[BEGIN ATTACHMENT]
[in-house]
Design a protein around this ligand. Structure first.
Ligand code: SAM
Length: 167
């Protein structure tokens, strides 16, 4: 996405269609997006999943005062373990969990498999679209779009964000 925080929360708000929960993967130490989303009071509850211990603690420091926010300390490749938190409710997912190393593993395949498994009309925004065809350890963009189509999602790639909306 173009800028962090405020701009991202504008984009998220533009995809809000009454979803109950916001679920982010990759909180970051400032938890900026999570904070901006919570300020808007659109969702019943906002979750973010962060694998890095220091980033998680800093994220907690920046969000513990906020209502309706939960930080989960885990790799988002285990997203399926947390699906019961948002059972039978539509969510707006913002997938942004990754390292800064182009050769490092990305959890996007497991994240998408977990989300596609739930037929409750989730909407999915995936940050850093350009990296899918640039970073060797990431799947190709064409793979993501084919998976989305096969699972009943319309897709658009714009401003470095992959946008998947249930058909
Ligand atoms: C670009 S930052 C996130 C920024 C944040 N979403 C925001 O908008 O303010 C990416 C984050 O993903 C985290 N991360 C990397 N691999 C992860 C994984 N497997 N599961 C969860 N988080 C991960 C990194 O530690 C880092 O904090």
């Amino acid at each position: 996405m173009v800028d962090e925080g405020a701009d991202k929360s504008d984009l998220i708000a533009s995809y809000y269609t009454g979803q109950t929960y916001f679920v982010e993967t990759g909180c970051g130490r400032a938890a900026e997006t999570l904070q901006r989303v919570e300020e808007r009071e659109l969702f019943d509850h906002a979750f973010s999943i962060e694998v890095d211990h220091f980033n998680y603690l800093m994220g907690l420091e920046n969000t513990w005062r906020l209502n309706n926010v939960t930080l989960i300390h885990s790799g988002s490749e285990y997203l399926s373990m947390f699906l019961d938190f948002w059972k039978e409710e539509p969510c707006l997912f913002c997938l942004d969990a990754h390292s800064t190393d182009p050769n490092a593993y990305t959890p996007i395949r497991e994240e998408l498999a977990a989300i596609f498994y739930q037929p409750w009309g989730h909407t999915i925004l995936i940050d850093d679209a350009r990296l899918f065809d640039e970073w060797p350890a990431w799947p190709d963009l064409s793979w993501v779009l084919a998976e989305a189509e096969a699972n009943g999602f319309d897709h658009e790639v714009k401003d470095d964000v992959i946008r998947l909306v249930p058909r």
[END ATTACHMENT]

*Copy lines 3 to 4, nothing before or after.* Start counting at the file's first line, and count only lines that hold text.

Ligand code: SAM
Length: 167